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What Drives Household Borrowing and Credit Constraints? Evidence From Bosnia and Herzegovina

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  • Ke Chen Chen
  • Mali Chivakul

Abstract

Although Bosnia and Herzegovina (BiH) has experienced rapid growth in credit to households in recent years, most individuals are still credit constrained. This paper analyzes the determinants of household credit demand and credit constraints in BiH. To our knowledge, it is the first study on this topic employing household survey data (2001 and 2004) from Emerging Europe. Our results highlight the impact of the post-conflict and transitional nature of the country on the behavior of borrowers and lenders. As expected, age, income, wealth and education qualifications are the main factors driving credit market participation, while high income and high wealth lower credit constraints. In BiH, the probability of credit market participation peaks at 45 years old, considerably higher than in the advanced countries. At the same time, older individuals are significantly more constrained than their peers in the advanced countries. The results imply that the current credit boom may largely reflect the overall post-war demand, and indicate the worse-off position of the older generation in transition economy. Moreover, the results underscore the structural nature of unemployment as well as the mismatch between education qualifications and earning prospects in BiH. Education variables have no significant effect on the likelihood of being constrained, while, unlike in the advanced countries, being unemployed significantly increases the likelihood.

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Bibliographic Info

Paper provided by International Monetary Fund in its series IMF Working Papers with number 08/202.

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Length: 34
Date of creation: 01 Aug 2008
Date of revision:
Handle: RePEc:imf:imfwpa:08/202

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Keywords: Credit expansion; Credit restraint; Public debt; Unemployment; Economic conditions; Interest rates; Credit policy; Economic models; probability; credit market; credit constraint; credit constraints; equation; survey; equations; statistics; sample size; independent variables; random error; dummy variables; surveys; econometrics; random variable; binary choice; government agency; correlation; outlier; maximum likelihood method; nonlinearity; dummy variable; covariance; nonlinear relationship; sample selection; maximum likelihood estimation; conditional expectation; sample mean; normal probability distribution function; cumulative distribution function; probability distribution;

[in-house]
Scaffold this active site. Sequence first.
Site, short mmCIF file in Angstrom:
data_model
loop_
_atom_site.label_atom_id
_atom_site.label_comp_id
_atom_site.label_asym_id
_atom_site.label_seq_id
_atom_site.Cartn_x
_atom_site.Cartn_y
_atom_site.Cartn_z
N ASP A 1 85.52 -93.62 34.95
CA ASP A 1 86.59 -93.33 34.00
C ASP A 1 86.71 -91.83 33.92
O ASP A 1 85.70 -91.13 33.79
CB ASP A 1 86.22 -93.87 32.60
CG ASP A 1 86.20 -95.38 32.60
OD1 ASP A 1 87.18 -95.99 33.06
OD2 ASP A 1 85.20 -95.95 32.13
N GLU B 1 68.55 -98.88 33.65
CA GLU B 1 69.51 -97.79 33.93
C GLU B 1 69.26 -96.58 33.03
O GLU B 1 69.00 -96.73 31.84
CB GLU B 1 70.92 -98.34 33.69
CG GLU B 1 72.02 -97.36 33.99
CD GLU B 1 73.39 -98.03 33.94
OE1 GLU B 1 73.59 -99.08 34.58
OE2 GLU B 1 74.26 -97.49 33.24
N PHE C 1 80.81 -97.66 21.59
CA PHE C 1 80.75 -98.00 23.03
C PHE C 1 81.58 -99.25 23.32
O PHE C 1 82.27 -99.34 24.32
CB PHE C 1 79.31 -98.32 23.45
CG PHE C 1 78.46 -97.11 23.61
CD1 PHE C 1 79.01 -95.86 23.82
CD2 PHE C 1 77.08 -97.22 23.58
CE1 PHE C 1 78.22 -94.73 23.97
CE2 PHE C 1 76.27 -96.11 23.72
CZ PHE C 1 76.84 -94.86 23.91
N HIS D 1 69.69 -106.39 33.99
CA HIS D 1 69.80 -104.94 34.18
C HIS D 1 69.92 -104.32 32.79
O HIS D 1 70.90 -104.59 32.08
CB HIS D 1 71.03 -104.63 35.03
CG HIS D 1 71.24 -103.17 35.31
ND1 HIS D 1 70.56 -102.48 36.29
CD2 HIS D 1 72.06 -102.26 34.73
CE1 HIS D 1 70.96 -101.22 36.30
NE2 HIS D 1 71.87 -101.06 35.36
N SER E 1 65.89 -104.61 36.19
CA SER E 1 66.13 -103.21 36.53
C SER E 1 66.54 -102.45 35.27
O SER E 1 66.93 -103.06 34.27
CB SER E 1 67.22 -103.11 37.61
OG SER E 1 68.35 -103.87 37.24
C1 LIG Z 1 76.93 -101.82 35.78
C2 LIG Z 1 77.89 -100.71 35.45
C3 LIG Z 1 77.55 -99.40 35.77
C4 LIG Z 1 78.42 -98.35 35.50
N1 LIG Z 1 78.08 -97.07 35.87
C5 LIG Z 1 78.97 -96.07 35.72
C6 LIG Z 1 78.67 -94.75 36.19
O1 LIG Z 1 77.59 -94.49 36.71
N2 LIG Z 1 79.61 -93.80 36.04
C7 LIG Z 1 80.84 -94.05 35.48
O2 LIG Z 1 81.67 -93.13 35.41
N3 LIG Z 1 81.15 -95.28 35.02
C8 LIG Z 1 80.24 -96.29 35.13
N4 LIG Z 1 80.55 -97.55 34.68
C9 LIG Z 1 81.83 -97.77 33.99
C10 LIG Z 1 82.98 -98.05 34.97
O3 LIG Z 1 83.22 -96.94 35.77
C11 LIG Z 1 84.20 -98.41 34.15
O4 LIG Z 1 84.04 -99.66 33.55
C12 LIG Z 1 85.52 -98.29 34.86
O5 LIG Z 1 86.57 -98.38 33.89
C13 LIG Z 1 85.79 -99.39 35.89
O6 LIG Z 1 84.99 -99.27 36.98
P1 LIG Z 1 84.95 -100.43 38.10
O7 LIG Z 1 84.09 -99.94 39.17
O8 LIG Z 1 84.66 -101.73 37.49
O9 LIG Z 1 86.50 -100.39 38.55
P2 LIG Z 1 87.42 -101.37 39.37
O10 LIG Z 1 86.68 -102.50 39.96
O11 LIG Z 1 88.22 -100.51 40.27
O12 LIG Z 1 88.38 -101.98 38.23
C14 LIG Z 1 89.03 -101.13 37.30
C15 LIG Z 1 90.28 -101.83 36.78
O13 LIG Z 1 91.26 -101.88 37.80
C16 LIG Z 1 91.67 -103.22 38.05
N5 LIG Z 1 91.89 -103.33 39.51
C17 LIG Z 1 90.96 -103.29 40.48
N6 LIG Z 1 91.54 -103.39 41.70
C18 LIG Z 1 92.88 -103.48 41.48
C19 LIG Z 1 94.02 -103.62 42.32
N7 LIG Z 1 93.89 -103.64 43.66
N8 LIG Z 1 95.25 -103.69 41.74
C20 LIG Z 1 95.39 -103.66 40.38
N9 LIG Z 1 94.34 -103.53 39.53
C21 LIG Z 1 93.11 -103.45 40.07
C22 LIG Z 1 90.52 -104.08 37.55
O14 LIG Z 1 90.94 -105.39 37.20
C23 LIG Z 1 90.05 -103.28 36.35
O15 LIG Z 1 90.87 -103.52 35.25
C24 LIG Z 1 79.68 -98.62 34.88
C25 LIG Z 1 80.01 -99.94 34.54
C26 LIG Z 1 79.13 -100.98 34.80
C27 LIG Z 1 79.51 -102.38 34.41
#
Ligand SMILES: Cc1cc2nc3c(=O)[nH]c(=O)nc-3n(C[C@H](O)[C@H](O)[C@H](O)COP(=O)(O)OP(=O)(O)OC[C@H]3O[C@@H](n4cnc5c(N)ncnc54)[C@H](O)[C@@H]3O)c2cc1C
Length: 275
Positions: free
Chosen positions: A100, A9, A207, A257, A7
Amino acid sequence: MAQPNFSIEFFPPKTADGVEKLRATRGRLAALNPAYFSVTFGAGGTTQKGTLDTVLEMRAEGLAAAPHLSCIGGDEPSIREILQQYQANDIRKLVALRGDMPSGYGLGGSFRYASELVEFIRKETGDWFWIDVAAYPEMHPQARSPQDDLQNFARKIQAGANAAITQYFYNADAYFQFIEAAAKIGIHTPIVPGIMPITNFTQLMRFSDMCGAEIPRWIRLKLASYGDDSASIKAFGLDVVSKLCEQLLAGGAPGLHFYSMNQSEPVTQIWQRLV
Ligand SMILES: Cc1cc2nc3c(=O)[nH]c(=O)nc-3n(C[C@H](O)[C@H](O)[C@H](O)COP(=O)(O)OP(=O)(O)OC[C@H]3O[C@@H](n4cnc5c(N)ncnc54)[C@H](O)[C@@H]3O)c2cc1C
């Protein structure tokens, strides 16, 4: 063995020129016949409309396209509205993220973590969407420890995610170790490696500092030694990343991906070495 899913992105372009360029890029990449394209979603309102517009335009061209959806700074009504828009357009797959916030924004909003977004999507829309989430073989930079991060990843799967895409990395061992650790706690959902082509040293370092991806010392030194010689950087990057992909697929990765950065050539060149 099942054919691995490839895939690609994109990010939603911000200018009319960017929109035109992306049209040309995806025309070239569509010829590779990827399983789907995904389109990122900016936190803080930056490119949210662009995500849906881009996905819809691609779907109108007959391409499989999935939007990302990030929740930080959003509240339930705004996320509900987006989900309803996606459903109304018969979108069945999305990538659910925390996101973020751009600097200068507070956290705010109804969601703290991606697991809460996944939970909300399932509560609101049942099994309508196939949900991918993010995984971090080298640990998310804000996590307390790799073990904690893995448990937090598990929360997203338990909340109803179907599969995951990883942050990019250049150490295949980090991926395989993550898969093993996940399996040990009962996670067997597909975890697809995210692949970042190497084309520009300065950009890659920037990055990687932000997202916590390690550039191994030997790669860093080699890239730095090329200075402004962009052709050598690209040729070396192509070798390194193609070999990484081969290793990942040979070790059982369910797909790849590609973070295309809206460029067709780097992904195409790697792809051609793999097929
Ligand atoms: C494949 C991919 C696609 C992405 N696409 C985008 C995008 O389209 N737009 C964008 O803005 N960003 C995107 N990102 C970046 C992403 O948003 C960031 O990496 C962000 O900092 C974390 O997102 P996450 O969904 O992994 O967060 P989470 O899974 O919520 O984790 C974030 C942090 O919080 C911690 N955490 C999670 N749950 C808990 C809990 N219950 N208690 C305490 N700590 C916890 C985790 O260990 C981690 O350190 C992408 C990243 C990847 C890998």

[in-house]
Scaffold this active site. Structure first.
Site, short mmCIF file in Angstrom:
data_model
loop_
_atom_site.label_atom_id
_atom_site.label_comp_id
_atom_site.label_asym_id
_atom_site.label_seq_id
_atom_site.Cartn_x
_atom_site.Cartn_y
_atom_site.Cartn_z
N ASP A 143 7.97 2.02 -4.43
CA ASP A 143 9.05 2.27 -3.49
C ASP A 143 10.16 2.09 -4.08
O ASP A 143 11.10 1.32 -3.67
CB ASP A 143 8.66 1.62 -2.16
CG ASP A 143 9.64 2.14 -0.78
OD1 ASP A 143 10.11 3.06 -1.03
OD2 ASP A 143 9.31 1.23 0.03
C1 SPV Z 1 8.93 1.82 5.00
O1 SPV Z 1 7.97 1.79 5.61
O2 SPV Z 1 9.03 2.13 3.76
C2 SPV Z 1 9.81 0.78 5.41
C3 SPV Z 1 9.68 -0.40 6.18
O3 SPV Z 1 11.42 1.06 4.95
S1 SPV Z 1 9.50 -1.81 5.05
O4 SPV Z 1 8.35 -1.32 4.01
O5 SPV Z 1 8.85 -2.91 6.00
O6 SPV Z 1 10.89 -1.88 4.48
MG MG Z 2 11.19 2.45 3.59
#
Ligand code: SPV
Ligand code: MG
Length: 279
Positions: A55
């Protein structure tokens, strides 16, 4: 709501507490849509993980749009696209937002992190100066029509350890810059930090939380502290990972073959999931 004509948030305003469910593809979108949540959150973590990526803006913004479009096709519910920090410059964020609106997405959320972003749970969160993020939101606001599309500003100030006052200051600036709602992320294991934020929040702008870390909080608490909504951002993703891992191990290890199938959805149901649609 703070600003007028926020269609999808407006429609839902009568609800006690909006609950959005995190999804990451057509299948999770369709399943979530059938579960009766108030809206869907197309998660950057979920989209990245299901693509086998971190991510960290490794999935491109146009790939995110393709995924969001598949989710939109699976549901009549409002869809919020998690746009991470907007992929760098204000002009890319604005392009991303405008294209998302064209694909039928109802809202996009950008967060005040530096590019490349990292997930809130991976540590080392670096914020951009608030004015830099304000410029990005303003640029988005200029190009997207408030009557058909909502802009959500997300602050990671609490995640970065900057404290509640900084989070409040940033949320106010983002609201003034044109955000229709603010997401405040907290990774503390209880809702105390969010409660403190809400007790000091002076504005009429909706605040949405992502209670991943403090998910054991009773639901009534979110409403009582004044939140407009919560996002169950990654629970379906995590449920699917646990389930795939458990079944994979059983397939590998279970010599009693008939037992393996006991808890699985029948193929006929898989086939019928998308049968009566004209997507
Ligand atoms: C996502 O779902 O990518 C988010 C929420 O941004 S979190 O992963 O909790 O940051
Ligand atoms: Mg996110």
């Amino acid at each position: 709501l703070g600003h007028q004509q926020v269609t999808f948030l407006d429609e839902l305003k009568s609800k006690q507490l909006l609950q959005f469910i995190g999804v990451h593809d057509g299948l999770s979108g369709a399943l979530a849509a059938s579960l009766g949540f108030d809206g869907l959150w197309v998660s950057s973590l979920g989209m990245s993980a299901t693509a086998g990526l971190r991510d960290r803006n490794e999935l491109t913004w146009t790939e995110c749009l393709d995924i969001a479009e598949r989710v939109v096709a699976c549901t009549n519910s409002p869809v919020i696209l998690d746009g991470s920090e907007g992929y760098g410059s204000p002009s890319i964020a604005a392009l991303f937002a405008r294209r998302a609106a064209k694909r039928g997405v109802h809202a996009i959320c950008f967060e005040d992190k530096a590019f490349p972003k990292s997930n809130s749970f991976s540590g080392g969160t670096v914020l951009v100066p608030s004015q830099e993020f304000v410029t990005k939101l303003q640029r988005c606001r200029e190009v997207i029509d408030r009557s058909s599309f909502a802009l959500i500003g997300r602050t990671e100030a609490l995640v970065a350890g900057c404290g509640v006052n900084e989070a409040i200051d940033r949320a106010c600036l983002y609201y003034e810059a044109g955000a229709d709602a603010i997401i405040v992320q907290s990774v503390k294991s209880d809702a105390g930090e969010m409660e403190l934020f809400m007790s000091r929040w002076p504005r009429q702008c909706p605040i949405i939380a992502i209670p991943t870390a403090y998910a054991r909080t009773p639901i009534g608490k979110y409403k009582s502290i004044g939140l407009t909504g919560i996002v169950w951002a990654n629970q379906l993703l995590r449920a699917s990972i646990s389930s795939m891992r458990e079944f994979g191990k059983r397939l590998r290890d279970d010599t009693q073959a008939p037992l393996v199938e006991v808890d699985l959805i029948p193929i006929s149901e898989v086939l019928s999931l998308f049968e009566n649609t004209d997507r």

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References

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  1. János István Tóth & Zsófia Árvai, 2001. "Liquidity Constraints and Consumer Impatience," MNB Working Papers, Magyar Nemzeti Bank (the central bank of Hungary) 2001/2, Magyar Nemzeti Bank (the central bank of Hungary).
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  3. Silvia Magri, 2002. "Italian households' debt: determinants of demand and supply," Temi di discussione (Economic working papers), Bank of Italy, Economic Research and International Relations Area 454, Bank of Italy, Economic Research and International Relations Area.
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Cited by:
  1. Marion Leturcq, 2011. "Do bankers prefer married couples?," Working Papers, HAL halshs-00655584, HAL.
  2. Doan, Tinh & Gibson, John & Holmes, Mark, 2010. "What determines credit participation and credit constraints of the poor in peri-urban areas, Vietnam?," MPRA Paper 27509, University Library of Munich, Germany, revised 17 Dec 2010.
  3. AnneWelle-Strand & Kristian Kjollesdal & Nick Sitter, 2010. "Assessing Microfinance: The Bosnia and Herzegovina Case," Managing Global Transitions, University of Primorska, Faculty of Management Koper, University of Primorska, Faculty of Management Koper, vol. 8(2), pages 145-166.

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